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Economic recovery in South West held back by skills shortages and recruitment difficulties  

Despite welcome news of a rebound in business activity, confidence and cashflow, albeit from an historically low base, the speed and extent of the South West’s economic recovery is threatened by labour market tightness and recruitment issues, according to the latest British Chambers of Commerce Quarterly Economic Survey.

Regionally, the British Chambers of Commerce South West (BCCSW) is seeing issues for businesses trying to recruit at all skill levels. From the highly skilled manual and technical roles, where two thirds are experiencing difficulties finding the right staff, to the professional and managerial personnel that over half of services-based firms are struggling to hire. The problems pervade further down, with almost a third of businesses having difficulties filling semi or unskilled positions.

While there is no easy fix to the variety of issues the region’s labour market is struggling with, BCCSW warns that real solutions are required to address both the current and long-term shortages of talent and people that businesses need to grow out of the recession.

Short-term interventions such as improving the operational delivery of the Government’s much hyped ‘Kickstart’ programme; a review of the visa system – especially the earnings thresholds for bringing back workers from overseas in the near term with the skills that businesses need; and considering changes to the Universal Credit requirement to be looking for work (which was suspended early on in the pandemic) could all play a part at least for the lower skilled or seasonal roles across the South West.

The longer-term skills agenda is also key. Businesses are calling for the government to set up and properly communicate a comprehensive and mature roadmap to upskill our residents and communities to adapt to the long-term employment needs of our economy. The Government’s Skills and Post 16 Education Bill will have an important role, as will the announcement of the Local Skills Improvement Plans (LSIPs).

British Chambers of Commerce South West’s Alistair Tudor, Operations Manager at Somerset Chamber of Commerce, said: “The sudden resurgence of business activity has meant that businesses who need to recruit are confronted by a tight labour market, especially for skilled staff.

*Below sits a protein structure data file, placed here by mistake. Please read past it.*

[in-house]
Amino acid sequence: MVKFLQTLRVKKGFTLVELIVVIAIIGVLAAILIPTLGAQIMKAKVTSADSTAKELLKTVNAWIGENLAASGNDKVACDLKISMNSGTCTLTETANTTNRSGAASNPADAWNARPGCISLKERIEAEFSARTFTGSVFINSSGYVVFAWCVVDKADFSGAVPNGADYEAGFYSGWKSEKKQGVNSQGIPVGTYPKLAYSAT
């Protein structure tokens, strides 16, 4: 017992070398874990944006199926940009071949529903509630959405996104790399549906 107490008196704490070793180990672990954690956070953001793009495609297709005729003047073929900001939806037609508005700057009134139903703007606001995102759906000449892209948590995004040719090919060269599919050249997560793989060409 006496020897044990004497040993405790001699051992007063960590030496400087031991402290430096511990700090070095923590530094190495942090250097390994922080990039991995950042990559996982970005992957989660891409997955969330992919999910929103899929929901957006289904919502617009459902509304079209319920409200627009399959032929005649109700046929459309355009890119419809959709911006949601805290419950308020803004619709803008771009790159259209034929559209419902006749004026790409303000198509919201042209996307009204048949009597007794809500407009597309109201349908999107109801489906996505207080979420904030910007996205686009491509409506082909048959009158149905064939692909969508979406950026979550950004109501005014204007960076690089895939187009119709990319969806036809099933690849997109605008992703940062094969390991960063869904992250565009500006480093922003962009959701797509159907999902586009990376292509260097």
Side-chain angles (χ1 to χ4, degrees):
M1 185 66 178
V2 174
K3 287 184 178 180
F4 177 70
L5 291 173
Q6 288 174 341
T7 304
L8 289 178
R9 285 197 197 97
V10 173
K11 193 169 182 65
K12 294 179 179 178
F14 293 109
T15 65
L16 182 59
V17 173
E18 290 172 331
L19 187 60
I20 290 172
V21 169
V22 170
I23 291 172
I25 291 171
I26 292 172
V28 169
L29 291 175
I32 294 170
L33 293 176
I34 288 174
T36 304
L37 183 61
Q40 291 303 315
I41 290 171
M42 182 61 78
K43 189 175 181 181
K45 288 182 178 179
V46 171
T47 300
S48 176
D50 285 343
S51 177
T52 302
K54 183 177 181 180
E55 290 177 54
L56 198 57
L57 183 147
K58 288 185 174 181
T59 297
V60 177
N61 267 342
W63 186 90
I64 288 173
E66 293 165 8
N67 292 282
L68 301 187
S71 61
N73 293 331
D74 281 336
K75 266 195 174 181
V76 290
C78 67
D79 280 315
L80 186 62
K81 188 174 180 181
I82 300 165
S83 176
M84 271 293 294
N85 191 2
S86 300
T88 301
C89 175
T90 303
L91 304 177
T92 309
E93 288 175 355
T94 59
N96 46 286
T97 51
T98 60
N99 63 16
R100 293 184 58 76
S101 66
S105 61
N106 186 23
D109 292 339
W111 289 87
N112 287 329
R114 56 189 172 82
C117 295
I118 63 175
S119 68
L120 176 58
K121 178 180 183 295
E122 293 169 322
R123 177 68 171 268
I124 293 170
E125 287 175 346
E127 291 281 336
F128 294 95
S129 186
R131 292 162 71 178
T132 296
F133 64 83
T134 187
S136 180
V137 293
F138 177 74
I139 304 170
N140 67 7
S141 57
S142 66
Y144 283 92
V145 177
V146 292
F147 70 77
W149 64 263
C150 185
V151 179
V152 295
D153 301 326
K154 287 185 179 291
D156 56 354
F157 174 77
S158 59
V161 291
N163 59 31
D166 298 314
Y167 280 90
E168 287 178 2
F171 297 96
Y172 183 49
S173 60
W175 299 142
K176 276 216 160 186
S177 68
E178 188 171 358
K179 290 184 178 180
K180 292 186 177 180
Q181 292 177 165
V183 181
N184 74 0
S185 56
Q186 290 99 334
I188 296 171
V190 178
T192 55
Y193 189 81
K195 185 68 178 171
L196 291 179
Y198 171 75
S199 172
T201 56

“The double impact of Brexit and COVID-19 has had major impacts on the location and availability of the workforce in the South West, with a falling but still significant proportion of our residents on either furlough or Universal Credit.

“We cannot let the talent and potential of our communities go to waste, or for that matter put at risk our economic recovery, due to tricky but ultimately solvable labour market challenges.”

Somerset Chamber member, Marston Foods, is based near Frome and makes high-quality frozen desserts. The company said recruitment difficulties were already pushing up prices across the entire supply chain and urgent short-term action was needed to allow more skilled workers into the UK.

Leona McDonald, Marston Foods’ Commercial Director, said: “As a high-end food manufacturer, we require workers with some level of skill to make our desserts. It takes time and money to train people to the standards that we require, and so once we have people we like to keep them, but we have lost a lot of our loyal European workforce and there seems to be very few local people to train.

“We live in a disparately populated area, with low unemployment and a rather lapse public transport system. There are applicants, but due to the remit with regards to benefit claims, a majority never take the application process any further and so we waste time chasing and calling to no avail. Offering higher pay and other benefits – which we are doing – is only part of the solution to a much wider issue.

“The shortage is already causing price increases and shortages across the whole supply chain making this is everyone’s problem. Pretty soon, if nothing is done, consumers will not be able to get what they need, like or want and if they do, the price is going to have to increase as suppliers such as ourselves cannot keep being squeezed and still survive.

“We need some short-term action for example, an extension to the T5 skilled workers list to include manufacturing, and a plan to enable labour availability for the short, medium and long term, not just the long via the long-term plans such as the apprenticeship scheme.

“In summary we have jobs here in Frome. If you want to work, come to work. We offer competitive rates of pay, a fun environment and a real sense of pride in what we do.”

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